As you know, iDealwine and new technology are like two peas in a pod! When we discovered Aveine’s connected wine aerator we were stunned. Let’s enlighten you about this state-of-the-art product (and gift idea 😊) with this little interview.
How did you come up with the idea of a connected wine aerator?
The idea was born of a simple fact: wine is better when aerated. But, not knowing how to do this, wine lovers skip this time-consuming step. To counter this, Aveine came up with an idea to help people integrate aeration with an appliance that’s quick and easy to use, playful and, importantly, mobile.
How does this tool and the technology behind it work?
Using the aerator is really simple: place it on an open bottle, scan the label so the app can figure out the ideal tasting conditions. This adjustment can also be done from the touch screen. Then all that’s left is to pour the wine into your glass and enjoy!
The key is to understand that the wine is instantly aerated upon being poured through the aerator (in other words, at the moment of serving), with the device injecting air into the liquid. More precisely, there is an air chamber within the device. As the wine passes through, the pump injects ambient air, thus instantly increasing the surface contact between the air and the wine.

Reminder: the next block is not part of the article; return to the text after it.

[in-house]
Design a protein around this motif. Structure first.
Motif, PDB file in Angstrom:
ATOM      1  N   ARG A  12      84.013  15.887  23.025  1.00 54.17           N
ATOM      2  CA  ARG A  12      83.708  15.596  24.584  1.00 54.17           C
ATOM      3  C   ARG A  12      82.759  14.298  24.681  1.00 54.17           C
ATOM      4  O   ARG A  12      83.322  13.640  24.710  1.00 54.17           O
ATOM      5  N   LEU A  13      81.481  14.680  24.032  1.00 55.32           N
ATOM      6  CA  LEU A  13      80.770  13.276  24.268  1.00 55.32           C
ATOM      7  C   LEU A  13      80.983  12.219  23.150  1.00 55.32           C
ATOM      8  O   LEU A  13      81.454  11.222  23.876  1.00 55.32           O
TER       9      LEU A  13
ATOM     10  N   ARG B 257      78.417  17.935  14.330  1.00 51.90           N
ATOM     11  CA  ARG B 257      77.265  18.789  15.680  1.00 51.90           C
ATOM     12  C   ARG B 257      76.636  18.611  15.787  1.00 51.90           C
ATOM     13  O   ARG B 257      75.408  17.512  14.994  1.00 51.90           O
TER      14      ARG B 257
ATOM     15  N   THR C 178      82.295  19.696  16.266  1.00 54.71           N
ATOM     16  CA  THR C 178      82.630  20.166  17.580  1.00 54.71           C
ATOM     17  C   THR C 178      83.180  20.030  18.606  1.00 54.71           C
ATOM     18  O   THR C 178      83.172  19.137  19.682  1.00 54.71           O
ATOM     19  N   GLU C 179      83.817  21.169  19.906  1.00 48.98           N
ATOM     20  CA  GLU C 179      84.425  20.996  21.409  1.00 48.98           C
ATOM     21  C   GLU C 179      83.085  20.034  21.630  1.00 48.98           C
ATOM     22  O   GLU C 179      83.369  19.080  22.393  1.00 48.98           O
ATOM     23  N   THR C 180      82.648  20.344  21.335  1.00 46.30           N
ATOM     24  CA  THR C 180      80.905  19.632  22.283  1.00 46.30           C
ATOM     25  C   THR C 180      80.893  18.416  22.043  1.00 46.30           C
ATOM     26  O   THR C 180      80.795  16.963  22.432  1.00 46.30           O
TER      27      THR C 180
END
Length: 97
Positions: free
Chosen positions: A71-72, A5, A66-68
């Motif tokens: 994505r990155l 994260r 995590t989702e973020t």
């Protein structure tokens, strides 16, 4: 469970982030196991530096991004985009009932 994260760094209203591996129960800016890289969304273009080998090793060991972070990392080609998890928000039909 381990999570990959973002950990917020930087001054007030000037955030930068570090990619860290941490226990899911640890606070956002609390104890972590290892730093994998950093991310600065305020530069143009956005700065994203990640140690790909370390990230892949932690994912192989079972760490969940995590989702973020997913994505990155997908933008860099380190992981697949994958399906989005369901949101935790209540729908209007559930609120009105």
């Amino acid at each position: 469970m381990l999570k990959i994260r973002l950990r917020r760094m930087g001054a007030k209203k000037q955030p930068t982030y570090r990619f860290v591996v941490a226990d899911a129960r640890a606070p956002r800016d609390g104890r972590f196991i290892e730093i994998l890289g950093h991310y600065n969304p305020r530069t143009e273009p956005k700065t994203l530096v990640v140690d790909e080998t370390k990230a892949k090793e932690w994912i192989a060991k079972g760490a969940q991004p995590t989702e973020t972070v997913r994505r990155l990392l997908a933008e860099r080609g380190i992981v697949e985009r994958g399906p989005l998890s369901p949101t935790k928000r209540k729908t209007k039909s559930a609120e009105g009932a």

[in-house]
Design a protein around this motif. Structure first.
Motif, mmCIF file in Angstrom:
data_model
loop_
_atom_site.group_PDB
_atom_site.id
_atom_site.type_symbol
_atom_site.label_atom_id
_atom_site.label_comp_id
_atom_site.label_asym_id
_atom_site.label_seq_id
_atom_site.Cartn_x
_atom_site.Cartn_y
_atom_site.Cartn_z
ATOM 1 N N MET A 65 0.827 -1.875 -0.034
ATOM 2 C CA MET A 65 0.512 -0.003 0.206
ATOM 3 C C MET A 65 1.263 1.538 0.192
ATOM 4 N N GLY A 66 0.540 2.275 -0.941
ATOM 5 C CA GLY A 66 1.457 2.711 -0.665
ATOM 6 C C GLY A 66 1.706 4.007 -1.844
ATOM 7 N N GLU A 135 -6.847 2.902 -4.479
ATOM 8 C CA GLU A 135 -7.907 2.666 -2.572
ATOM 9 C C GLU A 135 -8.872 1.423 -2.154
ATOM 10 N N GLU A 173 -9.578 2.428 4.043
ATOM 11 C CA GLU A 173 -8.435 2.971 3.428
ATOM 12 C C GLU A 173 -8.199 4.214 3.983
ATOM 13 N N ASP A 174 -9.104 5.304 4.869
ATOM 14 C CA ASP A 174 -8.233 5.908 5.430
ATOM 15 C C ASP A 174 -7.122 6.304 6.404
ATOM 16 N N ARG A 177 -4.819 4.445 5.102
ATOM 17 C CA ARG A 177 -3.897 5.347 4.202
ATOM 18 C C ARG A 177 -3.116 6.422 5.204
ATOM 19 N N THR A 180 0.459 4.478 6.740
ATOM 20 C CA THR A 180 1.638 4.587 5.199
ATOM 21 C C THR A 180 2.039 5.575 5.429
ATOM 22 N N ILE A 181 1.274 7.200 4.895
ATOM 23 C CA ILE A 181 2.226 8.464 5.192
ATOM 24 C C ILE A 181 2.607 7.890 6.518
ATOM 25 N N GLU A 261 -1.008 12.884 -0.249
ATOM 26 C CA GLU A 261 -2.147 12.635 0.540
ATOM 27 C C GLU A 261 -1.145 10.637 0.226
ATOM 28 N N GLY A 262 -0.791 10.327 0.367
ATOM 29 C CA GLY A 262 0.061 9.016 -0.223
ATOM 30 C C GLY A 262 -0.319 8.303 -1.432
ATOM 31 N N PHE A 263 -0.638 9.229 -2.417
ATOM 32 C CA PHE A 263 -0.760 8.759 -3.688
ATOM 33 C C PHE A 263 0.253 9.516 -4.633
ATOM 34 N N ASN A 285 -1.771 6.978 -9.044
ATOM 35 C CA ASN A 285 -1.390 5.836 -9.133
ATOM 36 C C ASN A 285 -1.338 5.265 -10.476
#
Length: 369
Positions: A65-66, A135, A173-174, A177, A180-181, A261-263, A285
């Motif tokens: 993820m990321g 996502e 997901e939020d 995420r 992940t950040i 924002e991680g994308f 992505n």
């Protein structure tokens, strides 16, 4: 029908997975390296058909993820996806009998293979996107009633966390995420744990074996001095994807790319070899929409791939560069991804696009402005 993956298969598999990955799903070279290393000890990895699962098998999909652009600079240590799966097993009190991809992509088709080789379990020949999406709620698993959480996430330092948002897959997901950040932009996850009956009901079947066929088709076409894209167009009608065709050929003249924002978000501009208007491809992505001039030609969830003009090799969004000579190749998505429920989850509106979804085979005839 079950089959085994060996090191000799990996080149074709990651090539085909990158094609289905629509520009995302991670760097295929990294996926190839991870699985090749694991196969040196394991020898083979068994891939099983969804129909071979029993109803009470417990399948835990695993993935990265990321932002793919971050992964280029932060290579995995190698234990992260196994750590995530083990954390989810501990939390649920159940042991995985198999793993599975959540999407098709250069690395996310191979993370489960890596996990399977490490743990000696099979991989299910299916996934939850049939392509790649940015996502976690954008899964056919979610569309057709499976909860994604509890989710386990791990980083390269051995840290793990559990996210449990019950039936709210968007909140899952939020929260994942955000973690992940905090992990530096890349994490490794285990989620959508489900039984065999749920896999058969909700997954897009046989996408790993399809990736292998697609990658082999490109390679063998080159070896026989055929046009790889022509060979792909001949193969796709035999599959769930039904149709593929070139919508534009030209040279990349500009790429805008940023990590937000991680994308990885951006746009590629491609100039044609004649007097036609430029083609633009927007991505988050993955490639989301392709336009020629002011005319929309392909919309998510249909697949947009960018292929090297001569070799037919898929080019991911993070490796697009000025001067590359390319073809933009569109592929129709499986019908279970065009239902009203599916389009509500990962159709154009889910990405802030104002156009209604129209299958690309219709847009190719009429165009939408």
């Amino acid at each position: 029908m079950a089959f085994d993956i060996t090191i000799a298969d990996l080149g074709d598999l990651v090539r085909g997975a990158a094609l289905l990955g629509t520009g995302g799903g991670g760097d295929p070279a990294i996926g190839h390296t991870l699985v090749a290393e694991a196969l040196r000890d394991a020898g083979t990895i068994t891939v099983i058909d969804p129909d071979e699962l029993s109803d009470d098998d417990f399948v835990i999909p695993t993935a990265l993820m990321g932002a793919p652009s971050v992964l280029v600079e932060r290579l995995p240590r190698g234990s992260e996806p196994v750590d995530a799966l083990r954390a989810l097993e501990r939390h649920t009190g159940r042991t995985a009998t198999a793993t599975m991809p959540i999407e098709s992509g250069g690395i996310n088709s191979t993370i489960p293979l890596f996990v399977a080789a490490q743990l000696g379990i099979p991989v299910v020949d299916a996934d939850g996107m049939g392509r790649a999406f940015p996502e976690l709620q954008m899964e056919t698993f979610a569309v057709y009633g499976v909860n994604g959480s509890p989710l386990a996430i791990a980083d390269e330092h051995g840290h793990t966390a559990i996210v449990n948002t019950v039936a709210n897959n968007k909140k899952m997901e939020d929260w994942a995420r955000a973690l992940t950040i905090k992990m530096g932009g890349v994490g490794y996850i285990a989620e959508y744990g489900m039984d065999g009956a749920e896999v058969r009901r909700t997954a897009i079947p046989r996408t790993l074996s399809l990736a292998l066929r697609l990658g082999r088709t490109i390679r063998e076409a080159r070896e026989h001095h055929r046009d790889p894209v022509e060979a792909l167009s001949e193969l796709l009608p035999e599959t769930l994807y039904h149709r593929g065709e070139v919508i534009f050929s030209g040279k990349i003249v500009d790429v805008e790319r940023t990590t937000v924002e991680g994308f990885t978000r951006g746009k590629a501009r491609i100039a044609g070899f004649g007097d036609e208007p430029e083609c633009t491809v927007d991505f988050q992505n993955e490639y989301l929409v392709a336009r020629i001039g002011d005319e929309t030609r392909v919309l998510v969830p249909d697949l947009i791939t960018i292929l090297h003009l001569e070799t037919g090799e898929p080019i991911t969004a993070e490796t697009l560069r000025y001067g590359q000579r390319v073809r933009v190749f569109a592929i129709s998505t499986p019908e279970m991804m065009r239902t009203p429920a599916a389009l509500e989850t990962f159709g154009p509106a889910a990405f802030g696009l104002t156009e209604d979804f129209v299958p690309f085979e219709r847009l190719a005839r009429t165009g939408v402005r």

How to know if a wine should be aerated?
Air is both the best and worst thing to happen to a wine! When wine is aerated, it develops all the aromas it’s made up of and gets rid of unpleasant flavours at the same time. But there is one thing to consider: if wine is left open for too long, it loses its entire bouquet…
By using the Aveine app, you will be able to find out the recommended level of aeration for each wine. This varies depending on the grape variety, the vintage and the region…So you’ll receive the most precise of responses!
Can all kinds of wine be aerated?
All kinds of wine can indeed be aerated. We have more of a tendency to aerate red wines. This isn’t to say that white or more mature wines can’t be aerated!
Some sommeliers advise to never aerate an old wine but to organise a small gathering to make the most of it and to drink it quickly so that it doesn’t lose its aromas. However, if the wine seems to be past its best, wait for 24 hours and, sometimes, a miracle can occur! Nevertheless you still have to watch out for the sediment.
The same goes for whites. We tend to avoid aerating them but managed oxidation has the potential to surprise. So aerating a Chablis for just an hour can truly lead to a revelation. Consider also aerating certain Champagnes and spirits!
With which wine would you like to use Aveine at the moment?
We like to enjoy Château Gigognan, for example. It’s an interesting wine to taste with Aveine: we can see how it evolves during its aeration and its complexity can be easily distinguished. Comparing the taste without aeration to 6, 12 or even 24 hours of aeration allows every palate to find what it likes!
See all the wines currently for sale on iDealwine, which do you dream of tasting with an Aveine aerator?